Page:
Citations

1       American Association of Neuropathologists, Inc., Volume 68, Number 7

2       NARSAD Young Investigator  Grantee Josee Savard, PhD: The Role of Hormone Therapy and Testoster- one Deficiency in the Development of Depression

in Men with Prostate Cancer

3       Journal of the American Medical Association, 2010

4       Medline.(PMID:14675298 [PubMed – indexed for

MEDLINE]

5       National Center for Injury Prevention and Control

6       Carlat, D.J., Camargo. Review of Bulimia Nervosa in Males. American Journal of Psychiatry

7       National Association of Anorexia Nervosa and Associated Disorders, Eating Disorder Statistics, (American Psyc

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Coping with Stress and Depression During the Holidays

  • Keep expectations for the holiday season manageable. Try to set realistic goals for yourself. Pace yourself. Organize your time. Make a list and prioritize the important activities. Be realistic about what you can and cannot do. Do not put entire focus on just one day (i.e., Thanksgiving Day) remember it is a season of holiday sentiment and activities can be spread out (time-wise) to lessen stress and increase enjoyment.
  • Remember the holiday season does not banish reasons for feeling sad or lonely; there is room for these feelings to be present, even if the person chooses not to express them. Leave “yesteryear” in the past and look toward the future. Life brings changes. Each season is different and can be enjoyed in its own way. Don’t set yourself up in comparing today with the “good ol’ days.”
  • Do something for someone else. Try volunteering some time to help others.
  • Enjoy activities that are free, such as driving around to look at holiday decorations; going window shopping without buying; making a snowperson with children.
  • Be aware that excessive drinking will only increase your feelings of depression.
  • Try something new. Celebrate the holidays in a new way.
  • Spend time with supportive and caring people. Reach out and make new friends or contact someone you have not heard from for awhile.
  • Save time for yourself! Recharge your batteries! Let others share responsibility of activities.
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The Healing Thank You

What a weird title! And yes this time the word healing is correct, not some unconscious message sent to me. While you are deciding what I meant, how about a little music:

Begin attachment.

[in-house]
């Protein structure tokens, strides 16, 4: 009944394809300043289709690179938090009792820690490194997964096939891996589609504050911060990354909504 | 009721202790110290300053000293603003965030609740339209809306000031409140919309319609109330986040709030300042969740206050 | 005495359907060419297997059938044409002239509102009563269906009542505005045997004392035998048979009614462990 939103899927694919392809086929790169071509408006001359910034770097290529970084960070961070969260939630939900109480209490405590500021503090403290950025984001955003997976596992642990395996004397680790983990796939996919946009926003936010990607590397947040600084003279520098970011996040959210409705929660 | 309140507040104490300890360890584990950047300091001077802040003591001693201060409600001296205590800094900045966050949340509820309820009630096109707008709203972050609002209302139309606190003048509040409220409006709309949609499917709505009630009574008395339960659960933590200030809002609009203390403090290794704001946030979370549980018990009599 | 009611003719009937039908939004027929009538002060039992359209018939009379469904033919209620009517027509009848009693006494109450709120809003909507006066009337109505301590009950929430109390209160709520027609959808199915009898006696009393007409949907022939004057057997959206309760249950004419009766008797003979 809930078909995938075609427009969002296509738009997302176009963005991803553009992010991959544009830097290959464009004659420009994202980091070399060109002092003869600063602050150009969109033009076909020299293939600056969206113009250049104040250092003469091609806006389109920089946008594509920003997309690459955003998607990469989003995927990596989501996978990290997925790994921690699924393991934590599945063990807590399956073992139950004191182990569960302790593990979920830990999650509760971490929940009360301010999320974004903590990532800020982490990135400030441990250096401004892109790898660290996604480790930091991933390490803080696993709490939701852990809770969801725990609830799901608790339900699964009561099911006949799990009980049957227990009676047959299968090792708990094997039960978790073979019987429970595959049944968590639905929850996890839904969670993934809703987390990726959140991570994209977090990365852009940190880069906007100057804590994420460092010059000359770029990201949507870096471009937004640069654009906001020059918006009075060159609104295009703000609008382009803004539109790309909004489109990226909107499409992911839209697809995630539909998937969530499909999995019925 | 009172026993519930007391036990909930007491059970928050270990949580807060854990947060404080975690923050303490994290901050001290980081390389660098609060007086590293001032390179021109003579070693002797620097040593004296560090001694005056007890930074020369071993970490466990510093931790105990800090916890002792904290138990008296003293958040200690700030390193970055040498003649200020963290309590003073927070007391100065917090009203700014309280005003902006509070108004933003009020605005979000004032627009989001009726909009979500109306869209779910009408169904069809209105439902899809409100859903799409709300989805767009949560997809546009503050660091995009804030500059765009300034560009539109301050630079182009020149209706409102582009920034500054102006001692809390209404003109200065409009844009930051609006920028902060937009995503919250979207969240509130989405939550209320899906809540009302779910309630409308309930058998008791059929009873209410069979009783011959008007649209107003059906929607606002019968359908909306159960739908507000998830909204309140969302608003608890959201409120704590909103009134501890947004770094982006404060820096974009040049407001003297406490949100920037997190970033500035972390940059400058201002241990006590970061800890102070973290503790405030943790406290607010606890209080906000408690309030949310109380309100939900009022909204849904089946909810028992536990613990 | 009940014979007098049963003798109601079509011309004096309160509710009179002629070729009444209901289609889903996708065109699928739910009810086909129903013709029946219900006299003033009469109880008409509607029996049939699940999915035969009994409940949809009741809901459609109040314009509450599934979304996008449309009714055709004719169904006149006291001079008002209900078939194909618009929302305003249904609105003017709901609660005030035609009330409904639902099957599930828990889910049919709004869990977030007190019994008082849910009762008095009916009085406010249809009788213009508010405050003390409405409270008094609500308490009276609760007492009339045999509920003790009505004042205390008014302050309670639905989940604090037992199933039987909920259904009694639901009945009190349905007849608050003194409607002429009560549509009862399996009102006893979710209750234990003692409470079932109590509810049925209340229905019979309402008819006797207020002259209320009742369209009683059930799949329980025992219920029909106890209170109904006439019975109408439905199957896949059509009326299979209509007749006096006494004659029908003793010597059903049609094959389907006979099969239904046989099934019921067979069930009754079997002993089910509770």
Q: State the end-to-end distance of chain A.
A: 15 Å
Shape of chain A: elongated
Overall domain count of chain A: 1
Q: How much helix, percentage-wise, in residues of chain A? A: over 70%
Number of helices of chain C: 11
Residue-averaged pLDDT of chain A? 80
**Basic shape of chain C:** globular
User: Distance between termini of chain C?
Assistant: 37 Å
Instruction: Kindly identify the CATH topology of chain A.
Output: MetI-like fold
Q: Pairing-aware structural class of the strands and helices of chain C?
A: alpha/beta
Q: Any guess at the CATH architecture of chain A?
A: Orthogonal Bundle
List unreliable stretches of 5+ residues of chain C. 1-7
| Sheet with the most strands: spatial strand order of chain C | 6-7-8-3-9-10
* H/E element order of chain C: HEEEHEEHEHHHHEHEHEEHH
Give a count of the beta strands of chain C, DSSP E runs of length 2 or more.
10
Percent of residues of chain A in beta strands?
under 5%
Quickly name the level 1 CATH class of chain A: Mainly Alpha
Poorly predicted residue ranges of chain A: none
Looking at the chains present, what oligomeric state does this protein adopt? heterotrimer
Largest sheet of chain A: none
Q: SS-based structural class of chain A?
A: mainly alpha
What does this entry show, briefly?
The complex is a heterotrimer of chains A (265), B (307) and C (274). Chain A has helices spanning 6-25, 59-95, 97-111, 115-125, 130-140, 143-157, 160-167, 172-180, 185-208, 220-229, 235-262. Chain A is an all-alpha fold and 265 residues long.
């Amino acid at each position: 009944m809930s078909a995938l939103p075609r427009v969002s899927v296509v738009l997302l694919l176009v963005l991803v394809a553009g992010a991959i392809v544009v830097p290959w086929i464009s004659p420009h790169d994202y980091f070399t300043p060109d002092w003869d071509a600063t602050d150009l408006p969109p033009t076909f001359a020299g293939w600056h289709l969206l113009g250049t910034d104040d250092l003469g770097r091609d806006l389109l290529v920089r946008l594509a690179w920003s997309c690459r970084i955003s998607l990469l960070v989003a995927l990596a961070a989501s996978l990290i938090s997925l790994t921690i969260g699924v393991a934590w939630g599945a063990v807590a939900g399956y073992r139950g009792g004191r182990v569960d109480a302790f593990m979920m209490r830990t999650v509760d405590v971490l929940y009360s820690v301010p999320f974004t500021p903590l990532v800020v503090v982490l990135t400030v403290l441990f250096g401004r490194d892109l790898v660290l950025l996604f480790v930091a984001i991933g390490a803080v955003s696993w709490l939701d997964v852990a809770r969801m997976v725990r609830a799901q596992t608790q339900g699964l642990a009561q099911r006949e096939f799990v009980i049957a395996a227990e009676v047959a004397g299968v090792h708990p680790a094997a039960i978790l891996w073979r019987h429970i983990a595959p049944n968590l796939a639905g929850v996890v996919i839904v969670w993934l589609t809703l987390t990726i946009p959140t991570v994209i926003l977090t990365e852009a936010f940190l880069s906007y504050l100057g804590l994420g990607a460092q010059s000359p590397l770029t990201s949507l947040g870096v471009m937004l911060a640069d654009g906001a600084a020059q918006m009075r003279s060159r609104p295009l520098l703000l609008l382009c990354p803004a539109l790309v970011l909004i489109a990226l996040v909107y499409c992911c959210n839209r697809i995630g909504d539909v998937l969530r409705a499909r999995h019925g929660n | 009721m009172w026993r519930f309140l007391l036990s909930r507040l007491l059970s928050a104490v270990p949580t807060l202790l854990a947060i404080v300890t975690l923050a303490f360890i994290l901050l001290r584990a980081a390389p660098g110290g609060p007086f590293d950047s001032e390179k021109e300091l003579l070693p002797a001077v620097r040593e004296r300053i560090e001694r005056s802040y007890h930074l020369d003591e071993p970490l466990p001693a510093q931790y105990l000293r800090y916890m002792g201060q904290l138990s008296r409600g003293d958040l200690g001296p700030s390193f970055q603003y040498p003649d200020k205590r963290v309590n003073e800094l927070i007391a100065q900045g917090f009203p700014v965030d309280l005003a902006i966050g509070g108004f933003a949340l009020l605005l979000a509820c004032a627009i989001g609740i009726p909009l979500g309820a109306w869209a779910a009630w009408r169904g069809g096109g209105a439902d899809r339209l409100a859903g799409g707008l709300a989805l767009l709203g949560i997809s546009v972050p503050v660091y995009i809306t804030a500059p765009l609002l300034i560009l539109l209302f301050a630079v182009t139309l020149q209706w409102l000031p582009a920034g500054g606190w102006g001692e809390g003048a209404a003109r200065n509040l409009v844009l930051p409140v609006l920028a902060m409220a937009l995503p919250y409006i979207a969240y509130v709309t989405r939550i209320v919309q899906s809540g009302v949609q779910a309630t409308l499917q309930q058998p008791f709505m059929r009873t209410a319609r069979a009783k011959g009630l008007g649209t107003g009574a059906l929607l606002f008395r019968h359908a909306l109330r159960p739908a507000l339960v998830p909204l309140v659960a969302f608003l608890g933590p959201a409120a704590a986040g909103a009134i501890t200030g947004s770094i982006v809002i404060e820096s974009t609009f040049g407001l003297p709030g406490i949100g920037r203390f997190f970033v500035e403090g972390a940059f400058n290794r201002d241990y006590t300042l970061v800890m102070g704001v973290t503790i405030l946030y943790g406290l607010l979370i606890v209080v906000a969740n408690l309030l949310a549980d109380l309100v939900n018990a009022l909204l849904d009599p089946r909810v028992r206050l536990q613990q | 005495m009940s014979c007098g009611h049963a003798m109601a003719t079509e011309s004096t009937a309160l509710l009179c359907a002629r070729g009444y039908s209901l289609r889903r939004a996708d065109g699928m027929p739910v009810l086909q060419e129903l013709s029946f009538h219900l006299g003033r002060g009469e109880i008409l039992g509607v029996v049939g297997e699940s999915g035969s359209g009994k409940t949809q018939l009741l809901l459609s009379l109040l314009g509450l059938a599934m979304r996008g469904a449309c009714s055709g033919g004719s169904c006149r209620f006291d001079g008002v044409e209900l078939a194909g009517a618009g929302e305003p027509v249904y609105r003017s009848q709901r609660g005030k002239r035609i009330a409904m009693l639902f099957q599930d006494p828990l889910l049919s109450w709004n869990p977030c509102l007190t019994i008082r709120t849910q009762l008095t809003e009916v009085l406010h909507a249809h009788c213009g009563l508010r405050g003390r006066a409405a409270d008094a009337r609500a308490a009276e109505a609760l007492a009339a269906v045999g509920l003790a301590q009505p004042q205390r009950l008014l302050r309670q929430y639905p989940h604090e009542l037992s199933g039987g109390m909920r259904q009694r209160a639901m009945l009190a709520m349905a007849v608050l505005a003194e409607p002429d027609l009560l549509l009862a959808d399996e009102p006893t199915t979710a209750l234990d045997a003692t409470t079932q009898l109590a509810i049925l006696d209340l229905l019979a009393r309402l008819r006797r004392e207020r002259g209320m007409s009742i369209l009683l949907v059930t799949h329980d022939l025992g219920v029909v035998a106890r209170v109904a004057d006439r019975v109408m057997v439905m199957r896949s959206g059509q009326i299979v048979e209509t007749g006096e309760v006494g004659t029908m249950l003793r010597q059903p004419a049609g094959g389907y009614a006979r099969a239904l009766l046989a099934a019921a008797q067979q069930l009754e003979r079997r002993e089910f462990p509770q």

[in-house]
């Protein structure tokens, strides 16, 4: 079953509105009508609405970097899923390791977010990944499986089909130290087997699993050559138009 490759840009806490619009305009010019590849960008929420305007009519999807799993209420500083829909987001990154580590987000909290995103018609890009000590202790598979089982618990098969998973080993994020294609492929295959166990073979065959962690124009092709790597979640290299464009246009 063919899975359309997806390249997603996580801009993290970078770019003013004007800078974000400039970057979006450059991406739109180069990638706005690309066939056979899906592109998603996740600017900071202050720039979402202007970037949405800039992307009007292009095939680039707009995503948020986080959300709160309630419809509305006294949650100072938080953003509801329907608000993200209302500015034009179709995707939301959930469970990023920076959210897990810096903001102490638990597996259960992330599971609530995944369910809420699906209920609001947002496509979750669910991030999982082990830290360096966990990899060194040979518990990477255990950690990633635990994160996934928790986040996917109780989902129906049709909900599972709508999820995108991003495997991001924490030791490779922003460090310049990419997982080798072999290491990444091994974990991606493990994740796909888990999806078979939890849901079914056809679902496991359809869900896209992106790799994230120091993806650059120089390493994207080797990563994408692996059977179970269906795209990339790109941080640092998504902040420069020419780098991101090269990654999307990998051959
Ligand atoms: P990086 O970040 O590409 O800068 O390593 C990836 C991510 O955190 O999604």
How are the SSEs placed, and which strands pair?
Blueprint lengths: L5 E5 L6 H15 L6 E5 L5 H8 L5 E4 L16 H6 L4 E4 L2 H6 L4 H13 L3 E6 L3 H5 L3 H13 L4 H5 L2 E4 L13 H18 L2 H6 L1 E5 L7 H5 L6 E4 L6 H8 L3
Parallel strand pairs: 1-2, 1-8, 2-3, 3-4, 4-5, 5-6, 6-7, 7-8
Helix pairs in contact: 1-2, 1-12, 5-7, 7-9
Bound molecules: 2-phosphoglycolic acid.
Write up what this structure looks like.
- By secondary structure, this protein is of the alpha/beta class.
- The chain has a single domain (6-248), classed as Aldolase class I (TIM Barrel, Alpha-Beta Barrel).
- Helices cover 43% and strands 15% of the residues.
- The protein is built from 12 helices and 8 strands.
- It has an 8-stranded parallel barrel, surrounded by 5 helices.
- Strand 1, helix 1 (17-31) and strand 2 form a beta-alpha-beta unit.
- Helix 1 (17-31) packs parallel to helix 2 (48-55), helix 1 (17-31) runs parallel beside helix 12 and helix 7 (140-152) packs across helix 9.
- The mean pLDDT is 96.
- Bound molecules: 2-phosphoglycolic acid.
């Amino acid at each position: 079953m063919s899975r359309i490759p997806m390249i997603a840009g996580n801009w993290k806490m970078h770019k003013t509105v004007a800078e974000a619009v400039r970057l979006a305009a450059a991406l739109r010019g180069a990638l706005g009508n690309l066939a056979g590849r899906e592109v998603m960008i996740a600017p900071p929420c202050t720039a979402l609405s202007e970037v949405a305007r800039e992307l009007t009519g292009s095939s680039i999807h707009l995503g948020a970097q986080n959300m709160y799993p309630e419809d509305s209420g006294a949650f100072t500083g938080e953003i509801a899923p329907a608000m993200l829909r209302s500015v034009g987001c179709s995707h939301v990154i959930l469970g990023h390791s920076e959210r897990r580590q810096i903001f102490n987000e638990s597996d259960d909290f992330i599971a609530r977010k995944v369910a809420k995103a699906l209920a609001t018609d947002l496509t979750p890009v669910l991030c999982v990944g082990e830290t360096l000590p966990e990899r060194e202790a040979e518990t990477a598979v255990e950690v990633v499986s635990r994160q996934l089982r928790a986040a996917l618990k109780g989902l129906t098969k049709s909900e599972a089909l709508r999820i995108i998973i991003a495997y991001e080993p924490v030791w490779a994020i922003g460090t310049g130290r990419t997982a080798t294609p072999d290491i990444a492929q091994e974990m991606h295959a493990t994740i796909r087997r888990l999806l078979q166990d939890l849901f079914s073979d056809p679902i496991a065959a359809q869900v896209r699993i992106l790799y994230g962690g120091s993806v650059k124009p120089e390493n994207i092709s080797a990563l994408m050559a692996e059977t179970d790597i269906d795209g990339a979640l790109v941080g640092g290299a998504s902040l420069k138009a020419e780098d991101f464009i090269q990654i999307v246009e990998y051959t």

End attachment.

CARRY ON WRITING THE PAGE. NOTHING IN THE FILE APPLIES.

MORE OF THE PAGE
You can’t beat a title that preceeded the bad spelling of text messaging and im by 30 years!!!
The 2 words “thank you” should be common place in our society. They indicate an acknowledgement for something that someone else did that I appreciate. In northern NJ, apparently, people are comfortable/familiar with 2 other words that they hear more regularly. Recently, I went grocery shopping and said “thank you” to the person bagging my groceries. Her puzzled look and question, “what did you say?” confirmed that many people don’t apparently say thank you at the store. This got me thinking about the pure power of the these 2 words. Could it be used beyond the obvious meaning of thank you. Could thank you really mean I have power over you (instead of you having power over me). Could it mean that as a result of your actions I have learned something valuable? Could it be a healing thank you–one that removes my own pain, resentment, fear, etc? Could it really be “Thank you for letting me be myself again?”

In my office I get to see all kinds of people getting into all kinds of relationships. Some are really healthy and rewarding. Some are neither. The worst ones involve people that are really crazy (that is not a clinical assessment, that is an obvious fact!!) These crazy roller-coaster like relationships take people for the ride from hell, over and over again. In the process, they lose themselves, question their own sanity, and question their own beliefs. When these relationships end, the person is a broken shell of how they used to be. As the healing process continues, they regain more of themselves. But how does healing occur if I still have to interact with this crazy person? How do I deal with this person at the PTA, the religious group we both belong to, the visitations with our kids, the social group that we all go to? When ever I see this person I’m reminded of my pain.